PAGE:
The cost of conference media rights for conferences has continued to grow over the years as television networks see greater profits to be had with live sports programming. Schools affiliated with the power conferences tend to cash big checks when it comes to splitting the total revenue brought in through media rights agreements with the likes of ESPN, FOX and NBC. That money overshadows the overall revenue earned through media rights arrangements though, and the most successful programs tend to create more space between the haves and the have-nots when it comes to local media rights.
Alabama is most certainly one of the most successful college brands in the game right now on the strength of a top-notch football program. A pair of BCS titles in the last three years and a historic brand and powerhouse sees no signs of slowing down, despite Nick Saban’s desire to do so on the field. Because the Crimson Tide has been so dominant in the sport that drives the money in collegiate sports, and because the fanbase is so enthusiastic and starving for coverage, Alabama was in a position to sign a very profitable media rights deal with one of the top partners in the game, Learfield Sports.
As reported by Sports Business Daily on Monday, Alabama agreed to sign a 10-year media rights deal with Learfield Sports with a value somewhere between $150 million and $160 million, doubling Alabama’s previous guarantee. This new contract will extend the existing relationship between the school and media company through 2024, and the way it was negotiated Alabama could stand to earn even more if Learfield Sports meets certain sales numbers. The new contract places Alabama among Texas and Notre Dame for the richest multimedia rights deals in the country. This is kind of a big deal.
Alabama was the leader in the SEC with regard to total revenue in 2013, according to USA Today, with over $124 million accounted for in revenue (compared to roughly $108 million in expenses). The SEC’s overall revenue increased by more than $41 million last season, which led to a $21 million share for all members except Texas A&M and Missouri ($19.5 million) and the launch of the SEC Network later this summer will figure to help pad the revenue numbers even more this time next year. For Alabama to step up and restructure a media rights deal for radio, local and online distribution and coverage of Alabama athletics, it just goes to show that the elite programs can continue to stand out even in the power conferences and leave even smaller programs farther behind in the dust. Not even a blue shell would be enough to help programs like UAB catch up to the powers like Alabama.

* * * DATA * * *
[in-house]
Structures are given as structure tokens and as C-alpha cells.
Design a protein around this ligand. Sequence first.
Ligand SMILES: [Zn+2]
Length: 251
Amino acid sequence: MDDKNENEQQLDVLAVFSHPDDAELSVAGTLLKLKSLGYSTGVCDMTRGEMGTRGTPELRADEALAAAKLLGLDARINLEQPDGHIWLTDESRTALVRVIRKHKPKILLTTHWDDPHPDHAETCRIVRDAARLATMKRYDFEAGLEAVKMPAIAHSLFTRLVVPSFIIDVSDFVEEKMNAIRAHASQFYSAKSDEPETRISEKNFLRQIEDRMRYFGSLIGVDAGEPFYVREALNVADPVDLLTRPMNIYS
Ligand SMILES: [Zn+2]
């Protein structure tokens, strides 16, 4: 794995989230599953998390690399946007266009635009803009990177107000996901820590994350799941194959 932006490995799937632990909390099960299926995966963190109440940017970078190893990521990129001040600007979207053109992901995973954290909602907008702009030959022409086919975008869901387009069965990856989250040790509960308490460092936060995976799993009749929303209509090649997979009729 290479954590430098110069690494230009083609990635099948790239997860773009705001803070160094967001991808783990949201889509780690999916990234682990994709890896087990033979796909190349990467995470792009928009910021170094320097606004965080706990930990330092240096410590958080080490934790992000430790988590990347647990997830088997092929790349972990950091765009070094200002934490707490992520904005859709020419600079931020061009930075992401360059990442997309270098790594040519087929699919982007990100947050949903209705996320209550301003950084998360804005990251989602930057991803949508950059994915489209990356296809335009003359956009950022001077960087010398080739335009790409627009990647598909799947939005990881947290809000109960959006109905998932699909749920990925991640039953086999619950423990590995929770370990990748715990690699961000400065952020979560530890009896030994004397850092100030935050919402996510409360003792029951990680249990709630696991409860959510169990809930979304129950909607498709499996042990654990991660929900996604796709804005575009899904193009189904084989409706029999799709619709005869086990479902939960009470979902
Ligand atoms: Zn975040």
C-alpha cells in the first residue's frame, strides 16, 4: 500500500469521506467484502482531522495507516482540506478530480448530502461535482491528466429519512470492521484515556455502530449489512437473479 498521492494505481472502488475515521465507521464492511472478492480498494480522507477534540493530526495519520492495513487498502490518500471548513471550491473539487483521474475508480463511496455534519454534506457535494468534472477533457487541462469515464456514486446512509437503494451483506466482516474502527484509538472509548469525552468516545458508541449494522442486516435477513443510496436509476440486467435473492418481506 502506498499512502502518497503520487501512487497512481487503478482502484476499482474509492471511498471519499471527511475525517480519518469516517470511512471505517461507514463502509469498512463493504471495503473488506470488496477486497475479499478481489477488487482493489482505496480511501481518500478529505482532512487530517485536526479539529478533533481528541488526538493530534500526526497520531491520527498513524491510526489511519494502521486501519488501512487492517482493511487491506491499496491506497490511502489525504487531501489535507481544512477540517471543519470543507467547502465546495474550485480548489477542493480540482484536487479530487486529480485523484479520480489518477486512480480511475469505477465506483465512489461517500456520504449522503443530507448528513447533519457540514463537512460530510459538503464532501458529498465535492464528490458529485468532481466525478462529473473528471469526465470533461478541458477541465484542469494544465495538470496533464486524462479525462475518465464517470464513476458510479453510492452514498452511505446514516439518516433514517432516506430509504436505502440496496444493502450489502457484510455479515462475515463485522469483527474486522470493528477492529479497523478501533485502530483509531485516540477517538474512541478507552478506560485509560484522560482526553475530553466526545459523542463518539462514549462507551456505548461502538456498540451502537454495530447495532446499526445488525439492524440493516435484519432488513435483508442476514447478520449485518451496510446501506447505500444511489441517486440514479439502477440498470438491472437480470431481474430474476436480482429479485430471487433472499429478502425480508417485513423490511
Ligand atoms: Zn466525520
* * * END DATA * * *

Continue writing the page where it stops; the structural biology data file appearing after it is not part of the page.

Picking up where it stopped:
Learfield Sports is a huge company with plenty of influence in the college sports game. This goes well beyond setting up radio affiliates to broadcast games on AM and FM (or satellite, streaming online etc.). As noted by Sports Business Daily, Learfield Sports also works with concessions, beverage partners, seat rentals and merchandise. Ahh, the merchandise. They even handle the “pouring rights” to determine which company will get to see their product poured on the head coach following a big win. You cannot have Alabama coaches doused in Gatorade after all, so Learfield has a deal with Coca-Cola so those postgame Gatorade baths are now Powerade baths.
Alabama may be the crown jewel for Learfield Sports, but their influence spans the country with programs like Oklahoma, Miami, Texas A&M, Louisville, Penn State, Clemson, South Carolina, Stanford and Boise State. Just take a look at this map to see what programs they are partnered with…
What’s more is Alabama actually has a split contract with the other big name in the media rights game, IMG College. Learfield owns a majority of the deal, but IMG College is significant. IMG College has contracts with Texas and Notre Dame as well as a number of other schools including some affiliated with Learfield Sports (Clemson and South Carolina for example). This allows those programs the opportunity to cash more checks on top of whatever deals may come through conference affiliations and bowl revenue.
Because the rich always find a way to get richer, especially in college football.